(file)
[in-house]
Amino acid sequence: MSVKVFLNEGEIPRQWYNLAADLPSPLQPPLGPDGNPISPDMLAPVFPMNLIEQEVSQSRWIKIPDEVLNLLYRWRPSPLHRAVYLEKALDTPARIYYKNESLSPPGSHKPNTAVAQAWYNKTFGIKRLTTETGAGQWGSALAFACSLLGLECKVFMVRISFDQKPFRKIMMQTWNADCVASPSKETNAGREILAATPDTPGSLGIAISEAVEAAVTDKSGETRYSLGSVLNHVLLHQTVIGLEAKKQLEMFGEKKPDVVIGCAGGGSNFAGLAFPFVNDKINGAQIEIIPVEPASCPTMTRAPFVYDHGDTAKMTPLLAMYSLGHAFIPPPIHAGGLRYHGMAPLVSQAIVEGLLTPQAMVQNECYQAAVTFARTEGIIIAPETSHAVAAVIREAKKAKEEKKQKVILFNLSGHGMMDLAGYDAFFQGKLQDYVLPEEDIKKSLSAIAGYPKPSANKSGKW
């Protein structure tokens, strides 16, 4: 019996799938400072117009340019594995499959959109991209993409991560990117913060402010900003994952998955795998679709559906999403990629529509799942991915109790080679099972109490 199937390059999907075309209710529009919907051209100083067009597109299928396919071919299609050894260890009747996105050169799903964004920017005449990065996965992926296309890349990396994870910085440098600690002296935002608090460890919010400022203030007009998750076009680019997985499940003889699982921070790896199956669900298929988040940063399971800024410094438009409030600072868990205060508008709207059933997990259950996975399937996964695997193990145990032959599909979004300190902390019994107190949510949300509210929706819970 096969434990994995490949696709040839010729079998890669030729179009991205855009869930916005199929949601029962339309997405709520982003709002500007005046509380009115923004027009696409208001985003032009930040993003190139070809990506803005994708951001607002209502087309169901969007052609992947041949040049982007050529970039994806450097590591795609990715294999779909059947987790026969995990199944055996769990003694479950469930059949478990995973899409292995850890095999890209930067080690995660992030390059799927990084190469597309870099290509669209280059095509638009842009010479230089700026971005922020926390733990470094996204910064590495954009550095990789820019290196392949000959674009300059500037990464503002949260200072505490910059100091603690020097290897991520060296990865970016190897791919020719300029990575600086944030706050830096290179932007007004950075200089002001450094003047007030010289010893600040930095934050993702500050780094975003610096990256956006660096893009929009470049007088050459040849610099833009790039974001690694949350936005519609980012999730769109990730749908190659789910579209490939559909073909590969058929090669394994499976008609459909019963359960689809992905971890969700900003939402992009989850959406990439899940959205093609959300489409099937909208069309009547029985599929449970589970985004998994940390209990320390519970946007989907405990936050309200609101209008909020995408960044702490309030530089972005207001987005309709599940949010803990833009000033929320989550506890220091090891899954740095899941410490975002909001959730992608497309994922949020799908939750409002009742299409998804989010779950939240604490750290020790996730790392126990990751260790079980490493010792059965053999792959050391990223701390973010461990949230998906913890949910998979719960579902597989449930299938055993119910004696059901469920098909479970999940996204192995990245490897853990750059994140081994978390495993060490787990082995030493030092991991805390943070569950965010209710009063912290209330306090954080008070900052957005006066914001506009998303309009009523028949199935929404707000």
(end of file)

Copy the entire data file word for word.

[in-house]
Amino acid sequence: MSVKVFLNEGEIPRQWYNLAADLPSPLQPPLGPDGNPISPDMLAPVFPMNLIEQEVSQSRWIKIPDEVLNLLYRWRPSPLHRAVYLEKALDTPARIYYKNESLSPPGSHKPNTAVAQAWYNKTFGIKRLTTETGAGQWGSALAFACSLLGLECKVFMVRISFDQKPFRKIMMQTWNADCVASPSKETNAGREILAATPDTPGSLGIAISEAVEAAVTDKSGETRYSLGSVLNHVLLHQTVIGLEAKKQLEMFGEKKPDVVIGCAGGGSNFAGLAFPFVNDKINGAQIEIIPVEPASCPTMTRAPFVYDHGDTAKMTPLLAMYSLGHAFIPPPIHAGGLRYHGMAPLVSQAIVEGLLTPQAMVQNECYQAAVTFARTEGIIIAPETSHAVAAVIREAKKAKEEKKQKVILFNLSGHGMMDLAGYDAFFQGKLQDYVLPEEDIKKSLSAIAGYPKPSANKSGKW
């Protein structure tokens, strides 16, 4: 019996799938400072117009340019594995499959959109991209993409991560990117913060402010900003994952998955795998679709559906999403990629529509799942991915109790080679099972109490 199937390059999907075309209710529009919907051209100083067009597109299928396919071919299609050894260890009747996105050169799903964004920017005449990065996965992926296309890349990396994870910085440098600690002296935002608090460890919010400022203030007009998750076009680019997985499940003889699982921070790896199956669900298929988040940063399971800024410094438009409030600072868990205060508008709207059933997990259950996975399937996964695997193990145990032959599909979004300190902390019994107190949510949300509210929706819970 096969434990994995490949696709040839010729079998890669030729179009991205855009869930916005199929949601029962339309997405709520982003709002500007005046509380009115923004027009696409208001985003032009930040993003190139070809990506803005994708951001607002209502087309169901969007052609992947041949040049982007050529970039994806450097590591795609990715294999779909059947987790026969995990199944055996769990003694479950469930059949478990995973899409292995850890095999890209930067080690995660992030390059799927990084190469597309870099290509669209280059095509638009842009010479230089700026971005922020926390733990470094996204910064590495954009550095990789820019290196392949000959674009300059500037990464503002949260200072505490910059100091603690020097290897991520060296990865970016190897791919020719300029990575600086944030706050830096290179932007007004950075200089002001450094003047007030010289010893600040930095934050993702500050780094975003610096990256956006660096893009929009470049007088050459040849610099833009790039974001690694949350936005519609980012999730769109990730749908190659789910579209490939559909073909590969058929090669394994499976008609459909019963359960689809992905971890969700900003939402992009989850959406990439899940959205093609959300489409099937909208069309009547029985599929449970589970985004998994940390209990320390519970946007989907405990936050309200609101209008909020995408960044702490309030530089972005207001987005309709599940949010803990833009000033929320989550506890220091090891899954740095899941410490975002909001959730992608497309994922949020799908939750409002009742299409998804989010779950939240604490750290020790996730790392126990990751260790079980490493010792059965053999792959050391990223701390973010461990949230998906913890949910998979719960579902597989449930299938055993119910004696059901469920098909479970999940996204192995990245490897853990750059994140081994978390495993060490787990082995030493030092991991805390943070569950965010209710009063912290209330306090954080008070900052957005006066914001506009998303309009009523028949199935929404707000």